This book was on my NetGalley radar, but despite submitting a request, I wasn’t approved for an ARC. The blurb sucked me in the first time I read it, so it was a no brainer to purchase the book when I didn’t get approved for an ARC. Hey, it happens. Rejection aside, I’m thoroughly jazzed I followed through on this one. Below is my five-star review.
Things have been wrong with Mr and Mrs Wright for a long time. When Adam and Amelia win a weekend away to Scotland, it might be just what their marriage needs. Self-confessed workaholic and screenwriter Adam Wright has lived with face blindness his whole life. He can’t recognize friends or family, or even his own wife.
Every anniversary the couple exchange traditional gifts–paper, cotton, pottery, tin–and each year Adam’s wife writes him a letter that she never lets him read. Until now. They both know this weekend will make or break their marriage, but they didn’t randomly win this trip. One of them is lying, and someone doesn’t want them to live happily ever after.
Ten years of marriage. Ten years of secrets. And an anniversary they will never forget.
Rock Paper Scissors is the latest exciting domestic thriller from the queen of the killer twist, New York Times bestselling author Alice Feeney.
Rating: 5 out of 5.
What a twisty, atmospheric, and haunting read! Amelia and Adam are a married couple who take a trip to a converted old chapel in a remote area of Scotland. Right from the start, the reader knows their marriage is in trouble, hanging by a thread. Adam is a workaholic screenwriter who suffers from facial blindness—he can’t see or remember people’s faces, including that of his wife. I won’t reiterate the rest of the blurb but will say this book twists and turns in ways I never saw coming. The chapel is wonderfully eerie with an old supernatural history, locked doors, a creepy wine cellar, unheated rooms, and a crumbling bell tower. The remote location is made even more ominous for its winter setting and raging snowstorm.
Chapters alternate between Amelia and Adam, and another woman, Robin, a recluse in a small cottage nearby. There are also letters that Adam’s wife writes to him every year on their anniversary, and a unique spin on the game of rock, paper, scissors. This is one of those books where it’s difficult to say much without giving away spoilers. I will say that I was mesmerized from start to finish, gobsmacked by the twists, and enamored of the creepy, snowbound setting. I read late into the night to finish it, then found it disturbing, haunting, and utterly satisfying. What a winner!
Happy Tuesday, friends!I have a new roundup of books for you. I’m still sharing reviews of books I read during April quarantine, along with a newer title. Lately, I’ve been immersed in a single series (Harry Dresden), but we’ll chat about that in the weeks to come. 🙂
In the meantime, I hope one of these fabulous novels tickles your reading fancy.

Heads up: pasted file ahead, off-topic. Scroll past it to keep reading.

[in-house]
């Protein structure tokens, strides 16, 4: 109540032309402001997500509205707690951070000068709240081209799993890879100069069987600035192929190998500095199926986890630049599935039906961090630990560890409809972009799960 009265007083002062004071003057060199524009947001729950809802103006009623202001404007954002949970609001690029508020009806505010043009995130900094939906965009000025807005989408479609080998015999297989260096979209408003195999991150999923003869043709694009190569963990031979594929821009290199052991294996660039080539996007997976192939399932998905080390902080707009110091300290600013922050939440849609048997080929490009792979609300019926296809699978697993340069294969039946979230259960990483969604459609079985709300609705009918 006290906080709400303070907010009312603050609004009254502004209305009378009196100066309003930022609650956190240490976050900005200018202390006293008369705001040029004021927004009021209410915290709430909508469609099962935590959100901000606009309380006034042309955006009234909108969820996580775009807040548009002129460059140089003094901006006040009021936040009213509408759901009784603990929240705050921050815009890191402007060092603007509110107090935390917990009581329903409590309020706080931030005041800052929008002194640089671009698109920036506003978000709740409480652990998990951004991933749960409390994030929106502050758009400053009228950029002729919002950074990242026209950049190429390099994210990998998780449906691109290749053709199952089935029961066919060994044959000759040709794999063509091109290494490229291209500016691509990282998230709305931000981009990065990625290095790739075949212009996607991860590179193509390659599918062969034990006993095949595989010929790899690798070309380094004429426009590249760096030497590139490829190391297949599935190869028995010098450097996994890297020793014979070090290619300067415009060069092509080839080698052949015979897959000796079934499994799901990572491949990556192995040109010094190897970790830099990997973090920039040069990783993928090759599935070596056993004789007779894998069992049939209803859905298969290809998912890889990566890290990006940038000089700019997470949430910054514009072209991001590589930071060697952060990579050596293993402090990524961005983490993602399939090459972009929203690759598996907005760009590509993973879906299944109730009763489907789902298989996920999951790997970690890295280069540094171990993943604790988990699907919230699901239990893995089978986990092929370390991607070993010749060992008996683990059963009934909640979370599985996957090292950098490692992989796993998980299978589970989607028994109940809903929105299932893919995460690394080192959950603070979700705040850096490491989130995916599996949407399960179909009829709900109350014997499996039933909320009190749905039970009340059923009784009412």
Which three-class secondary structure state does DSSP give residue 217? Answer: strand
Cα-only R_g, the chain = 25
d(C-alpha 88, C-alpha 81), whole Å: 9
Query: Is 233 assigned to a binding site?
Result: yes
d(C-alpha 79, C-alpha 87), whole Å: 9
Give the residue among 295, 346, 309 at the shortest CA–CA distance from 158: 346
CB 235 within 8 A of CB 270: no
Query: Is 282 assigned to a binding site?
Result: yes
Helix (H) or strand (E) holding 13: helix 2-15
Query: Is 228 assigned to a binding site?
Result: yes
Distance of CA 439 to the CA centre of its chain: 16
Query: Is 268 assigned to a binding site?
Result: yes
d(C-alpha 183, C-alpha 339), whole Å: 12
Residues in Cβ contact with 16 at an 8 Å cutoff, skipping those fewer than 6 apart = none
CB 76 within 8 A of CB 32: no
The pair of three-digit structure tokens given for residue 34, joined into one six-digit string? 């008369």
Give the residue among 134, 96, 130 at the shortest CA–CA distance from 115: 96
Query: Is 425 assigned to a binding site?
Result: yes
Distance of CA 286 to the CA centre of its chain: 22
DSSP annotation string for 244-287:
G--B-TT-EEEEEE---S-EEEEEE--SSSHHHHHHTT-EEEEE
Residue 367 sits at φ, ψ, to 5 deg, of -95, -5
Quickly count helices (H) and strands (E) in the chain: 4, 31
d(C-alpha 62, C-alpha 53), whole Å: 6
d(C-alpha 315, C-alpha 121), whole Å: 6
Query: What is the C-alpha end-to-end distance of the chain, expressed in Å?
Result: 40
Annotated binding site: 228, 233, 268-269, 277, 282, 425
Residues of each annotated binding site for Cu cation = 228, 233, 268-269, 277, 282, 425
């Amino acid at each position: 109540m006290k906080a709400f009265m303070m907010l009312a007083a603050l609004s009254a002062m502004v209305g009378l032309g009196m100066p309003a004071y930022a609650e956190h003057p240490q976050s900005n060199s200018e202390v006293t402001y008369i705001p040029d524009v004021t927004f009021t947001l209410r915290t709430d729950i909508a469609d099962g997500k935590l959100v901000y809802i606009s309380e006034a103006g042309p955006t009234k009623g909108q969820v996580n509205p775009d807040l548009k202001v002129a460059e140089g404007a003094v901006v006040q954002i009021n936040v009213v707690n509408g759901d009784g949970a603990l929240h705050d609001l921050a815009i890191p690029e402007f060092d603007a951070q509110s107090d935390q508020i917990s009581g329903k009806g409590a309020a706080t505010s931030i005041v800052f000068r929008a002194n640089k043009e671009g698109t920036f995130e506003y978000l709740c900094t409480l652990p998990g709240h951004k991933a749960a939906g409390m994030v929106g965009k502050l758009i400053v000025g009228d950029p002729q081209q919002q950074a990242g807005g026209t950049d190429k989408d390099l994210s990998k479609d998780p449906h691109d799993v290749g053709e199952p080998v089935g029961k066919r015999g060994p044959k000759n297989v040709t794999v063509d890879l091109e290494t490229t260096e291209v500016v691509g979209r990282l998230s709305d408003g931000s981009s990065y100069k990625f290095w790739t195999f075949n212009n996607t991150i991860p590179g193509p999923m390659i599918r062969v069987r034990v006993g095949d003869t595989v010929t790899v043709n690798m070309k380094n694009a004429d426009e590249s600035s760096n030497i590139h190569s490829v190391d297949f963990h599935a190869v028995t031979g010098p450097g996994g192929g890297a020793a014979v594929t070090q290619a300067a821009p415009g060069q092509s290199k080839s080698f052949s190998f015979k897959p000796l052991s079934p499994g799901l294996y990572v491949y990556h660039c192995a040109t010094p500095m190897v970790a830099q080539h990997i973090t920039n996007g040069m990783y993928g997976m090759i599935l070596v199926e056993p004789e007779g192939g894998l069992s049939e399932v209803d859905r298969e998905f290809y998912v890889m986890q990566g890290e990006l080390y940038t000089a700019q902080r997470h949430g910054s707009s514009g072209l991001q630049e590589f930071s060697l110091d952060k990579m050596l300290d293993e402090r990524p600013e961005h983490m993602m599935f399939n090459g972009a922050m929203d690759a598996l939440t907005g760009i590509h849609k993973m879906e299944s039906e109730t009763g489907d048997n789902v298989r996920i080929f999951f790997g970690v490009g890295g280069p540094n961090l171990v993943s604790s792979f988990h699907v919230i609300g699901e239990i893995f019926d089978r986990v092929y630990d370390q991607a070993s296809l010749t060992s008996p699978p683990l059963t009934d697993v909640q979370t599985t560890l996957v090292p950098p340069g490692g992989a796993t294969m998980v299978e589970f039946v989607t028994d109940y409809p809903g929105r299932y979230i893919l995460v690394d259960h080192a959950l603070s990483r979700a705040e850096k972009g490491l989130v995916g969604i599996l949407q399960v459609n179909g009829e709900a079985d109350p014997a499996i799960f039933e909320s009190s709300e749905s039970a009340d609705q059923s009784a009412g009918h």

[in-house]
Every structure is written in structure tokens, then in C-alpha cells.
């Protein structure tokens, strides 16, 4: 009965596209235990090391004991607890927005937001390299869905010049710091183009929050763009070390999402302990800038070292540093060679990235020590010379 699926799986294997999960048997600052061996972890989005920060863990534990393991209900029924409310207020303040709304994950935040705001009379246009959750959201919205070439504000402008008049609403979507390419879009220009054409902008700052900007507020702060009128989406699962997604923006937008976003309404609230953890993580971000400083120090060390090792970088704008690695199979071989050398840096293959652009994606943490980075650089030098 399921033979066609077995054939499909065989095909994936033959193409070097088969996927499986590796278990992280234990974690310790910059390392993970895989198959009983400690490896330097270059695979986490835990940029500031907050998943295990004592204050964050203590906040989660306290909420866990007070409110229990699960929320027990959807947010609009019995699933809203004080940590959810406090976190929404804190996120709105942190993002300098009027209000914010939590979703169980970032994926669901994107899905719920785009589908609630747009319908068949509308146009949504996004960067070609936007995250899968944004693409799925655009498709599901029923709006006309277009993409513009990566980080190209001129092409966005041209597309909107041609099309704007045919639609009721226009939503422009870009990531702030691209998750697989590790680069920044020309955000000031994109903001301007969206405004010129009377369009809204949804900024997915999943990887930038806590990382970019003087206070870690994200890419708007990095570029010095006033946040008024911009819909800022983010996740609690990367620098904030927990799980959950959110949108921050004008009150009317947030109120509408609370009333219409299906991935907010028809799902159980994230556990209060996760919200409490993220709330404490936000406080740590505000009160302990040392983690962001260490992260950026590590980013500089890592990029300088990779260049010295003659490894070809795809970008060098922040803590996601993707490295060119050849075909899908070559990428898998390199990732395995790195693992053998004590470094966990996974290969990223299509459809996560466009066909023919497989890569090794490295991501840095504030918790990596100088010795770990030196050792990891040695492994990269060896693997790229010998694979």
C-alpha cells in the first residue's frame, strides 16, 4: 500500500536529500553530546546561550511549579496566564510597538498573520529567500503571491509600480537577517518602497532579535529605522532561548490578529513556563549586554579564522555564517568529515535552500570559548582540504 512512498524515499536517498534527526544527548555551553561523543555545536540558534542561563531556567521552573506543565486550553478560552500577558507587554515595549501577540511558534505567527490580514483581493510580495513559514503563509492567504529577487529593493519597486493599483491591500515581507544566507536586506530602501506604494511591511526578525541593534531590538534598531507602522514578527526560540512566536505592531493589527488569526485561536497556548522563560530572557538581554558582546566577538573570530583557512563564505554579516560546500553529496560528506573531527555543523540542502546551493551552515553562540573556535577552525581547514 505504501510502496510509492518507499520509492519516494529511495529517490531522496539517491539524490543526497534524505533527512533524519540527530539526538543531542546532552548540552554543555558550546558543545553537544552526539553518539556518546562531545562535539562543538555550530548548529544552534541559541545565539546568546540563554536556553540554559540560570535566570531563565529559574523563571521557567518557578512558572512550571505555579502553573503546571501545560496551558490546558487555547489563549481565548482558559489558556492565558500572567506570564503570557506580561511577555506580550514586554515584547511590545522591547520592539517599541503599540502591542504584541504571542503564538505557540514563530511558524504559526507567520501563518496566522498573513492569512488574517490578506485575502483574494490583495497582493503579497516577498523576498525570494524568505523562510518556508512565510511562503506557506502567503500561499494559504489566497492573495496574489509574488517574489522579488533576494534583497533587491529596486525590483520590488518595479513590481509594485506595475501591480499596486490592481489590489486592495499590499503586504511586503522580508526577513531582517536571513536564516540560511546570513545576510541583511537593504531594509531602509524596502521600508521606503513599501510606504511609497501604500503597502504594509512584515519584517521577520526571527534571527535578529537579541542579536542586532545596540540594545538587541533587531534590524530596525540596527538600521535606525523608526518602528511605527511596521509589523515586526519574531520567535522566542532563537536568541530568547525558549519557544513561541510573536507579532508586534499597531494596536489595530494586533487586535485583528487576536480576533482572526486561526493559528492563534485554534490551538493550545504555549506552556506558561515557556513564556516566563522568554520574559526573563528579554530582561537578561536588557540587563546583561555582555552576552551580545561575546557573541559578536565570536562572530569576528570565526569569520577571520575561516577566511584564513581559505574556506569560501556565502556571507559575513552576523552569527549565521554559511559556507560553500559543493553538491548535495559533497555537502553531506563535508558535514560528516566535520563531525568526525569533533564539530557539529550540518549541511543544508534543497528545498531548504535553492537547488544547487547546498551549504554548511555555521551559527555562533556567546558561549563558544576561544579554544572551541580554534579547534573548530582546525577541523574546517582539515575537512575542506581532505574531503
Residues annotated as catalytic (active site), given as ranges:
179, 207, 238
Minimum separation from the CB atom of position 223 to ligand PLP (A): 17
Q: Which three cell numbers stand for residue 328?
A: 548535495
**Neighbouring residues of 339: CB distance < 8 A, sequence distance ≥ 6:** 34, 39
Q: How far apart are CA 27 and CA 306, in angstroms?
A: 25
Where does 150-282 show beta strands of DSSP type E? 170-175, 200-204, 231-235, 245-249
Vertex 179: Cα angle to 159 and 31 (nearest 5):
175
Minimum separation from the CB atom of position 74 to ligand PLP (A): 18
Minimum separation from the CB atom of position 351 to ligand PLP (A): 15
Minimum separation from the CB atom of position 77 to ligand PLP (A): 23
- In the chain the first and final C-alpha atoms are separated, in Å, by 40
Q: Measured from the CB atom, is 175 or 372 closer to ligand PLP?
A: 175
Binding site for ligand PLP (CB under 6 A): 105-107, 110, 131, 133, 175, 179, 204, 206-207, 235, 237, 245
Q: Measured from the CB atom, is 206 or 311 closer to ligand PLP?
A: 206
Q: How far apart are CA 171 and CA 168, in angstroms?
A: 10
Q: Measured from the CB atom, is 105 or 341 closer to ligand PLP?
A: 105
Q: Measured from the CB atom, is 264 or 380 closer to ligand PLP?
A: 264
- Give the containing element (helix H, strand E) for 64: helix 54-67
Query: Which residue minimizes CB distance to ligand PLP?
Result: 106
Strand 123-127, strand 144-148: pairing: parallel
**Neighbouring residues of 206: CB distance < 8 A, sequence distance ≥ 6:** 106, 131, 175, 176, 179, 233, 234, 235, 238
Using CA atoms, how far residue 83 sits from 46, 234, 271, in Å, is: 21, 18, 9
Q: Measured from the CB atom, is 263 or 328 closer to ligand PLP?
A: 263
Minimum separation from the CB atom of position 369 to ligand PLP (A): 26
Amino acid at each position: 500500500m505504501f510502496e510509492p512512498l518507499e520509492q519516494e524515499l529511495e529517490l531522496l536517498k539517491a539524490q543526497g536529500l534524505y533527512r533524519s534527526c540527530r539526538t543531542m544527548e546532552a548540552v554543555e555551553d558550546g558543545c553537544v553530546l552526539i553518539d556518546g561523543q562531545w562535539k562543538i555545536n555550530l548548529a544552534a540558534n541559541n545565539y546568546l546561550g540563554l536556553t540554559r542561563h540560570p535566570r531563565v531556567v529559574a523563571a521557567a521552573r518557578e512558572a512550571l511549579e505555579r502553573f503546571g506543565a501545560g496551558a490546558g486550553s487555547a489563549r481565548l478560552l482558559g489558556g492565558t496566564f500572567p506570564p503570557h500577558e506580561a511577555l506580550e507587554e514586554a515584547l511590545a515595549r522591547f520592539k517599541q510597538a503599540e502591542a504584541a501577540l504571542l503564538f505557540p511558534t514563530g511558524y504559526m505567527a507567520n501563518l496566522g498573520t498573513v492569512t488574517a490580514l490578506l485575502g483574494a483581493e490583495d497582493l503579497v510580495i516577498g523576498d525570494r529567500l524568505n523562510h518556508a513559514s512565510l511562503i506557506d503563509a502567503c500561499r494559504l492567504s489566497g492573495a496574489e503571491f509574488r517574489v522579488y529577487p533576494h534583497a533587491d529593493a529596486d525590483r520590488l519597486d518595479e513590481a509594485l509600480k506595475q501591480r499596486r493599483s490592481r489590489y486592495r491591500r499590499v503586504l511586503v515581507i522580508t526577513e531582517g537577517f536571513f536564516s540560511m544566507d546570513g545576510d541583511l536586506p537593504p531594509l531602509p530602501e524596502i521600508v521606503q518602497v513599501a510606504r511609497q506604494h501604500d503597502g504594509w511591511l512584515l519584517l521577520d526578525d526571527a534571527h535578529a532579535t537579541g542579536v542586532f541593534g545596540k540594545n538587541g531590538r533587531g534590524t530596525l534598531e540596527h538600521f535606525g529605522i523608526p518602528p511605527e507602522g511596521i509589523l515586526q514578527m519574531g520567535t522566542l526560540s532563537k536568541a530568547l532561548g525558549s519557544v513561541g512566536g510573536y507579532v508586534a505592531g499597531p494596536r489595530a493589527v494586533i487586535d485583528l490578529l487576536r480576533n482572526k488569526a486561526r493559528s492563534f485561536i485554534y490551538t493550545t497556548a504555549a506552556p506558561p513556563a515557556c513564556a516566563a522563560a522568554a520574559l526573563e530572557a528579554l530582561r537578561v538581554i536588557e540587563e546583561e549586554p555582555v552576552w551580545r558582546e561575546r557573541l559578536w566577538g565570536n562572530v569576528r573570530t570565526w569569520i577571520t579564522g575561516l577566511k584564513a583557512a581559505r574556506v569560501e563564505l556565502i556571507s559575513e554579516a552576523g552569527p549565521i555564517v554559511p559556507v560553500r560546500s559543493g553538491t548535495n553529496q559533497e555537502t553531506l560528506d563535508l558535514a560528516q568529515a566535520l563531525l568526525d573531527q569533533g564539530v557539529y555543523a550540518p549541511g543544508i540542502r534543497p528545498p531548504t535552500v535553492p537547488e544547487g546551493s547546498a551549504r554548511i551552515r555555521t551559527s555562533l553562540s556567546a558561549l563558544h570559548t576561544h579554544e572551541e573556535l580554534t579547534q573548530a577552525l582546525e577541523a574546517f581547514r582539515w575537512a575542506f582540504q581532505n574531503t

The Accident by Natalie Barelli
I believe I’ve found a new auto-buy author, if the rest of Natalie Barelli’s work is anything like The Accident. Katherine is a shining star on a fast-track career, plus a single mom with a teenage daughter. She becomes friends with Eve, who worms her way into Katherine’s life and her place of employment. When the two have a girls’ night out, Katherine wants to call an Uber, knowing she’s had too much to drink. Eve talks her into driving, pointing out the roads will be deserted. Halfway home, Katherine strikes a pedestrian on a lonely road. Eve convinces her they need to get back in the car and take off. It’s a decision that will become a nightmare for Katherine as her life spirals out of control. But as each day passes and she wrestles with what happened, she realizes Eve is not at all the person she originally thought.
The book gets very twisty very quickly. I blew through it in two sittings, glued to the pages. It’s fast-paced, does require a stretch of credibility in a few places, but is pure popcorn enjoyment. Part soap-opera, part Lifetime movie, it sucks you in quickly and doesn’t let go until the thoroughly satisfying ending. If you enjoy psychological thrillers, this is an excellent read. I’m already scouting out more books by this author.
Wall of Silence presents an interesting mystery and an interesting concept. Melissa Byatt has an ideal life with three wonderful children and a popular husband who is running for a local office. She lives in an upscale “forest” community, with neighbors who look out for one another. Her childhood was less than ideal, but she’s risen above it and has so much for which she’s grateful.
One day she comes home from a bike ride to find her husband stabbed, her three children clustered around him with the knife. It quickly becomes apparent one of them is responsible, but which one and why? When the police arrive, Melissa decides to protect her children at all cost. With her husband, Patrick, in a coma waffling between life and death, Melissa must unravel what happened to so drastically alter her perfect family.